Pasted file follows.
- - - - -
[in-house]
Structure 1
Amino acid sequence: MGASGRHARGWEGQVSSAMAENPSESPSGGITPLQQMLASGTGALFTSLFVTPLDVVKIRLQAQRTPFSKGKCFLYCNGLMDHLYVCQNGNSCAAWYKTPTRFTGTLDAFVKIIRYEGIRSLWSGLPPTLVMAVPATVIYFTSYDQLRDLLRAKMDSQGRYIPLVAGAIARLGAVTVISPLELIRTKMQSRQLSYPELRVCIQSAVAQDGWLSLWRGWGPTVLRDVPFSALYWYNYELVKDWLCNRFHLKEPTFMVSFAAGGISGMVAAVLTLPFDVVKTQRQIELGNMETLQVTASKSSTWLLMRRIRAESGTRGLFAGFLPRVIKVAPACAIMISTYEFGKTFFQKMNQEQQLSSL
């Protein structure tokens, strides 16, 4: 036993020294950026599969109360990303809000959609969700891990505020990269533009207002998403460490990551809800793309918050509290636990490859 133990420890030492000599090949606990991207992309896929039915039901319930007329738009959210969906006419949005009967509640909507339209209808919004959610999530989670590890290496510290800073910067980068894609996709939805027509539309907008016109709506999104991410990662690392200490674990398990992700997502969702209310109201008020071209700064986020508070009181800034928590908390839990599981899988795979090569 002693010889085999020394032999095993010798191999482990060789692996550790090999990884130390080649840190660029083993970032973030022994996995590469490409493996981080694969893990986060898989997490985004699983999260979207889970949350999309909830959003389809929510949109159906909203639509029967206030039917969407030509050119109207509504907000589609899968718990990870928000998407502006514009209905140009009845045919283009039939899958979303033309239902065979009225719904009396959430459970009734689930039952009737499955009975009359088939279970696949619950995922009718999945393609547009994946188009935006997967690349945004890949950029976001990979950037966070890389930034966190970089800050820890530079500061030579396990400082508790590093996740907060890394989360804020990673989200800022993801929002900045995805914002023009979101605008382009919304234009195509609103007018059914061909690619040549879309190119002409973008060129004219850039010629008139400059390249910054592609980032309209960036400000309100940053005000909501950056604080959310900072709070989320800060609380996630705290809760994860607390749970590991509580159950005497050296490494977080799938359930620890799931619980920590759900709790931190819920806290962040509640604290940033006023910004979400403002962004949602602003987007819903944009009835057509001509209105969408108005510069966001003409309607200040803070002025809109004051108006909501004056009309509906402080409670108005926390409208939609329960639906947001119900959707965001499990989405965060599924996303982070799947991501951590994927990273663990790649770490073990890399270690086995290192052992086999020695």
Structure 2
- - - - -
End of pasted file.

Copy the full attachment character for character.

[in-house]
Structure 1
Amino acid sequence: MGASGRHARGWEGQVSSAMAENPSESPSGGITPLQQMLASGTGALFTSLFVTPLDVVKIRLQAQRTPFSKGKCFLYCNGLMDHLYVCQNGNSCAAWYKTPTRFTGTLDAFVKIIRYEGIRSLWSGLPPTLVMAVPATVIYFTSYDQLRDLLRAKMDSQGRYIPLVAGAIARLGAVTVISPLELIRTKMQSRQLSYPELRVCIQSAVAQDGWLSLWRGWGPTVLRDVPFSALYWYNYELVKDWLCNRFHLKEPTFMVSFAAGGISGMVAAVLTLPFDVVKTQRQIELGNMETLQVTASKSSTWLLMRRIRAESGTRGLFAGFLPRVIKVAPACAIMISTYEFGKTFFQKMNQEQQLSSL
């Protein structure tokens, strides 16, 4: 036993020294950026599969109360990303809000959609969700891990505020990269533009207002998403460490990551809800793309918050509290636990490859 133990420890030492000599090949606990991207992309896929039915039901319930007329738009959210969906006419949005009967509640909507339209209808919004959610999530989670590890290496510290800073910067980068894609996709939805027509539309907008016109709506999104991410990662690392200490674990398990992700997502969702209310109201008020071209700064986020508070009181800034928590908390839990599981899988795979090569 002693010889085999020394032999095993010798191999482990060789692996550790090999990884130390080649840190660029083993970032973030022994996995590469490409493996981080694969893990986060898989997490985004699983999260979207889970949350999309909830959003389809929510949109159906909203639509029967206030039917969407030509050119109207509504907000589609899968718990990870928000998407502006514009209905140009009845045919283009039939899958979303033309239902065979009225719904009396959430459970009734689930039952009737499955009975009359088939279970696949619950995922009718999945393609547009994946188009935006997967690349945004890949950029976001990979950037966070890389930034966190970089800050820890530079500061030579396990400082508790590093996740907060890394989360804020990673989200800022993801929002900045995805914002023009979101605008382009919304234009195509609103007018059914061909690619040549879309190119002409973008060129004219850039010629008139400059390249910054592609980032309209960036400000309100940053005000909501950056604080959310900072709070989320800060609380996630705290809760994860607390749970590991509580159950005497050296490494977080799938359930620890799931619980920590759900709790931190819920806290962040509640604290940033006023910004979400403002962004949602602003987007819903944009009835057509001509209105969408108005510069966001003409309607200040803070002025809109004051108006909501004056009309509906402080409670108005926390409208939609329960639906947001119900959707965001499990989405965060599924996303982070799947991501951590994927990273663990790649770490073990890399270690086995290192052992086999020695």
Structure 2